Research on eating disorders identifies parental overprotection and high control as a risk factor for anorexia and bulimia. While Myesha’s experience is specific to her and her family’s structure, the lack of autonomy she felt is common to a specific parenting style characterized by excessive involvement in the child’s life. Called enmeshed parenting, this style may manifest as parents being very involved in solving problems, making decisions, and setting goals for the child. Thus, the child either becomes overly dependent and finds it difficult to thrive on their own in daily life, or experiences a perceived lack of control and tries to gain it through other means — often in the form of controlling food intake and eating habits.
Social ownership of weight
In the West and in India, one link in the web of eating disorder risk factors is commentary from friends and family that reinforce a thin ideal. Again, Myesha explained:
“When I started putting on weight after my Grade 10 board examinations, everyone felt they had a free pass to comment on my appearance. I remember going to a cousin’s wedding in Delhi, and at least 10 people telling me I had put on weight. I distinctly recall my mother being very upset, and telling me how I needed to do something about it immediately because now ‘people’ were talking. You know how people talk about the weather to engage in small talk? Well, in India, it’s weight.”
Studies show weight-related teasing and criticism contribute to body dissatisfaction, binge eating and purging, and extreme weight control behaviours. In India, weight-related observations tend to be openly shared in a matter-of-fact manner. While it’s possible the comments are well-intentioned – at the very least they are, as Myesha puts it, common and socially acceptable like small talk on weather fluctuation – their impact can resonate much deeper with at-risk individuals, potentially driving them to extreme eating behaviours in order to remain within a perceived optimum range of weight or beauty.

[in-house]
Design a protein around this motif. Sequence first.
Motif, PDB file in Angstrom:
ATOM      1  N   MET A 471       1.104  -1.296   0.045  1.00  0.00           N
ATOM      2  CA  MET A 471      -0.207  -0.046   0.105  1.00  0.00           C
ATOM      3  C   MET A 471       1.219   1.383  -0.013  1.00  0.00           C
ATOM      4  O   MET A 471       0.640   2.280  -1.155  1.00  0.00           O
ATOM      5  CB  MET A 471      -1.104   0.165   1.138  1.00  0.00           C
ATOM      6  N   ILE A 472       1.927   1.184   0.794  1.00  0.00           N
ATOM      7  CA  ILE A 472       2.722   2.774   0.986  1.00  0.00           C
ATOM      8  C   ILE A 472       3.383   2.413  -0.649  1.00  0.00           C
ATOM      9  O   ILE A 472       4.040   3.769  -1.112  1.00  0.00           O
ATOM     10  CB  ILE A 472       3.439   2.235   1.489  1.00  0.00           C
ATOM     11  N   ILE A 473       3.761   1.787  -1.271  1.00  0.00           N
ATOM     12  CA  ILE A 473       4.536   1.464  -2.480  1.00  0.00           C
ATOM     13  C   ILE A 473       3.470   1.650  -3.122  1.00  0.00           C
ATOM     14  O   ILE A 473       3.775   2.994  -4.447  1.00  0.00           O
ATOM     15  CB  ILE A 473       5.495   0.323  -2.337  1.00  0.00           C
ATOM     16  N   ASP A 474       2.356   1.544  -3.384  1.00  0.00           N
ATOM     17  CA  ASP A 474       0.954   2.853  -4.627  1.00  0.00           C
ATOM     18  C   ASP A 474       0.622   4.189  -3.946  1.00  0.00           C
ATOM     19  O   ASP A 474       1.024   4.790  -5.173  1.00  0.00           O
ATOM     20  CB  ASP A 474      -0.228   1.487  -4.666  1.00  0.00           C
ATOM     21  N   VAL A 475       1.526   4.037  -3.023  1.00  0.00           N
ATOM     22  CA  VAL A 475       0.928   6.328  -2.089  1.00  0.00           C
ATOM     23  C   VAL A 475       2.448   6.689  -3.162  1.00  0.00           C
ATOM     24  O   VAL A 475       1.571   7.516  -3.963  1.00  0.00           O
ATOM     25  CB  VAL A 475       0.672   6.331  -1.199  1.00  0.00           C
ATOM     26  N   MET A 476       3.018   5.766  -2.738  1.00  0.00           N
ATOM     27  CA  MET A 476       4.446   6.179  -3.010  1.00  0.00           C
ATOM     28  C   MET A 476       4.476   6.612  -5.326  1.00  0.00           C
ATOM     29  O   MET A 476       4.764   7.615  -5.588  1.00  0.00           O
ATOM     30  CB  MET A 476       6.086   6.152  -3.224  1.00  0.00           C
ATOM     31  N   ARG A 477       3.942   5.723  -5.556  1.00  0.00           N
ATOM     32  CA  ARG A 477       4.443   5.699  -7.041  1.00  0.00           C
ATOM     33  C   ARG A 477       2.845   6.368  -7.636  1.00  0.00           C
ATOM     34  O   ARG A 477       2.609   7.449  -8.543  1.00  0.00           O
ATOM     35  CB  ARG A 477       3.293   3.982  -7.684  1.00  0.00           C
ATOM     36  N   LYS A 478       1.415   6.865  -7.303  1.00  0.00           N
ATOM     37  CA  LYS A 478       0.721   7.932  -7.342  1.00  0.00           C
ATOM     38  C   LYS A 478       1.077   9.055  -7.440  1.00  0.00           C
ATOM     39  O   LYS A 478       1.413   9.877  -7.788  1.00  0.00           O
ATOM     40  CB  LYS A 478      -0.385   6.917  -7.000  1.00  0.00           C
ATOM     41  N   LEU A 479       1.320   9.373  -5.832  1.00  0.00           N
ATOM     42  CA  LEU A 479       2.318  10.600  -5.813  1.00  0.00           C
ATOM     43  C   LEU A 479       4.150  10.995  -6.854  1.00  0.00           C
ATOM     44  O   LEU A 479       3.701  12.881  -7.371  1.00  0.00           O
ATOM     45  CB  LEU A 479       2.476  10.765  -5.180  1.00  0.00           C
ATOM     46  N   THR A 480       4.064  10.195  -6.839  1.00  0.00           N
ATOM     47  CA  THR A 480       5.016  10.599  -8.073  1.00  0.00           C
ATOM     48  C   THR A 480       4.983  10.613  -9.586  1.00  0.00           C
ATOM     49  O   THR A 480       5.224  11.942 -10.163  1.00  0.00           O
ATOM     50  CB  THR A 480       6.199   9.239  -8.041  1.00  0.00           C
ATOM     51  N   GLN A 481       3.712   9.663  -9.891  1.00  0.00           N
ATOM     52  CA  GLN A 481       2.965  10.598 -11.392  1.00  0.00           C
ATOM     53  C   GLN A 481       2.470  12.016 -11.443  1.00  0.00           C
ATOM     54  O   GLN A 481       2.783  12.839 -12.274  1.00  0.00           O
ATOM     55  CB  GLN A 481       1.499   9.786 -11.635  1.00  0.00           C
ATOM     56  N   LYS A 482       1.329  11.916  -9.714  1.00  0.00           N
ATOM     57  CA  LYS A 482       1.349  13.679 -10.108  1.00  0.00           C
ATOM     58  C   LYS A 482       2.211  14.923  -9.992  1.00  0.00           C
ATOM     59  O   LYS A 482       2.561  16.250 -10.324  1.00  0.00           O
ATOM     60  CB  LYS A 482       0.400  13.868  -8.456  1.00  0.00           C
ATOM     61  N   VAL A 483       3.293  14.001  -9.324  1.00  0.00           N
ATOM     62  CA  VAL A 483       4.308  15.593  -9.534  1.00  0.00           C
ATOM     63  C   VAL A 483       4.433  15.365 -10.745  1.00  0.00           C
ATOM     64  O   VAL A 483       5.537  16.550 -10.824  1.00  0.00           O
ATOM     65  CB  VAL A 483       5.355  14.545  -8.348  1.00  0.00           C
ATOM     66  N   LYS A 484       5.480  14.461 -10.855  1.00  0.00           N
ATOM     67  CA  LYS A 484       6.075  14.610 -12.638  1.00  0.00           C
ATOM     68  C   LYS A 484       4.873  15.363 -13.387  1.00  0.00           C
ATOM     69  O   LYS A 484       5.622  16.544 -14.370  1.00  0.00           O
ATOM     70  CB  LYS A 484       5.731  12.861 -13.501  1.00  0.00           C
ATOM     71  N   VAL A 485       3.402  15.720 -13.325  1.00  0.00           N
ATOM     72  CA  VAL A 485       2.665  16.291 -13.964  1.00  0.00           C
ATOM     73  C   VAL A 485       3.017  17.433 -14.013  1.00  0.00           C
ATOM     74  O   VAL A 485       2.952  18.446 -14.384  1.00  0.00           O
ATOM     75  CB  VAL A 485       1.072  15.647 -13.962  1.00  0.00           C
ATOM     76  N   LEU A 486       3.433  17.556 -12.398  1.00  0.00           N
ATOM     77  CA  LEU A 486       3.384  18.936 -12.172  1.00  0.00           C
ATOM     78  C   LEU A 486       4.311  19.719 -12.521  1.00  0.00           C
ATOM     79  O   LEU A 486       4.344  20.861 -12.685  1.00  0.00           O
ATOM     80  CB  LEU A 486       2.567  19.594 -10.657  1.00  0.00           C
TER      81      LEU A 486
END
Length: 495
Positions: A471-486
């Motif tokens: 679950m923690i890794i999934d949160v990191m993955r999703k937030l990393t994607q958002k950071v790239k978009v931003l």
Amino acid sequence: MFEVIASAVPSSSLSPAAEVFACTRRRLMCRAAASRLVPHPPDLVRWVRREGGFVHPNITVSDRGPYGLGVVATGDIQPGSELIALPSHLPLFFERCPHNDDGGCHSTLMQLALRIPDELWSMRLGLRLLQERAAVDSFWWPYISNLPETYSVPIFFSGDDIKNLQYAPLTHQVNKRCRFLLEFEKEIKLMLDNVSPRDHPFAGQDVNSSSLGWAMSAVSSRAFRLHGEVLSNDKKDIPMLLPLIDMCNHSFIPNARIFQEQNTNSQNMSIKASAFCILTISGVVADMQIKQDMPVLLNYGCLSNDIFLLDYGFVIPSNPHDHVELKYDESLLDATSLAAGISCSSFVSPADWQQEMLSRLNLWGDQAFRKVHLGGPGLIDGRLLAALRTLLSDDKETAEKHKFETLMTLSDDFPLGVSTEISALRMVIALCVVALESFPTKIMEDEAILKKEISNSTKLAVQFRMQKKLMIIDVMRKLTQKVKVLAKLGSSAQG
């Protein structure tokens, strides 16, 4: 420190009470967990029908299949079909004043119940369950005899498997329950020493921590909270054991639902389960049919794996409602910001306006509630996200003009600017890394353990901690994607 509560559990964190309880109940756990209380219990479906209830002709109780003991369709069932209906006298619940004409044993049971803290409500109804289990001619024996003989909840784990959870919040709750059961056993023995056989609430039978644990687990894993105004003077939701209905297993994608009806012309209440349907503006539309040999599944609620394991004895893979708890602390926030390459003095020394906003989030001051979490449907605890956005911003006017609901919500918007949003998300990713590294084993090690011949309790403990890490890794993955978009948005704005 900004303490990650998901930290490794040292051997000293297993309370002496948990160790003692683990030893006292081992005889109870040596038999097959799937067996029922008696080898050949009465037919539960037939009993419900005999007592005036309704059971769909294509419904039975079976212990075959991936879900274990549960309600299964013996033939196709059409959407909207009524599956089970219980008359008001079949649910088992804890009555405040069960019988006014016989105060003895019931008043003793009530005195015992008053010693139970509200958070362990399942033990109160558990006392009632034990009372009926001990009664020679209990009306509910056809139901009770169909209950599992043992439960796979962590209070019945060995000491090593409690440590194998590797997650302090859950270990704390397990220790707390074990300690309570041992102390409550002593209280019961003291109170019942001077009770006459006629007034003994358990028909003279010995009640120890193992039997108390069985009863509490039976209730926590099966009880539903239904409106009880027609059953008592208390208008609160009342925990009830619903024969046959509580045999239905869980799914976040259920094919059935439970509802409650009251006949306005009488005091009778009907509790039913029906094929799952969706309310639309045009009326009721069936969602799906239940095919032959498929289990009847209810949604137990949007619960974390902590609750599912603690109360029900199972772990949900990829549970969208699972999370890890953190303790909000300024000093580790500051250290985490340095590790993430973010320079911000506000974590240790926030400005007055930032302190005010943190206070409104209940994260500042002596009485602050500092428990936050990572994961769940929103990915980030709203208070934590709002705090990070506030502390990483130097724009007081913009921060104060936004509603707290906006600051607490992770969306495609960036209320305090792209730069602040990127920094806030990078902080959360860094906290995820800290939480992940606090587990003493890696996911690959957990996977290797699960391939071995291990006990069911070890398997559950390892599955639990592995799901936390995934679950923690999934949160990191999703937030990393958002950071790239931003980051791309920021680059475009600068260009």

Socialization of food
Though not a proven risk factor, Indian attitudes around food and courtesy, for some people, might be a contributing or maintaining factor to an eating disorder. Here, food is a vehicle or means for socialization, and those diagnosed with eating disorders often speak about the challenges of tackling their disorder within this social milieu. Myesha describes:
“As a culture, we place great value on food. People show their love and affection by cooking delicacies for you. All our festivals revolve around food. Indian wedding food menus are becoming grander by the day… Food is such an intrinsic part of our social experiences.”
People at-risk for eating disorders may experience a conflict within themselves: They internalize media and/or social messages about thinness and beauty standards, and strive to attain it through dieting and other means — but at the same time, rejecting food may carry a more symbolic implication (for example, a relative made your favorite dish, and not eating it may be seen as rebuffing their love). This conflict becomes hard to resolve. On the one hand, the person receives direct and indirect messages about adhering to a certain standard of appearance, but at the same time, they have to traverse various cultural rules around food and courtesy, which may inhibit their perceived ability to fit within that standard.
These sociocultural factors may, at worst, when combined with other genetic, biological, social and environmental factors, contribute to an eating disorder. In other cases, they may lead to disordered eating and poor body image. Myesha’s experience is not representative of the entire Indian population, and generalizing her story to the larger context would be a mistake. However, eating disorders are, in part, a product of an individual’s milieu; our environments shape us, and vice versa. More study on these unique factors is undoubtedly necessary, but until then, awareness will allow Indian families to provide a supportive environment to someone at-risk of an eating disorder – and get them the help they need if and when diagnosed.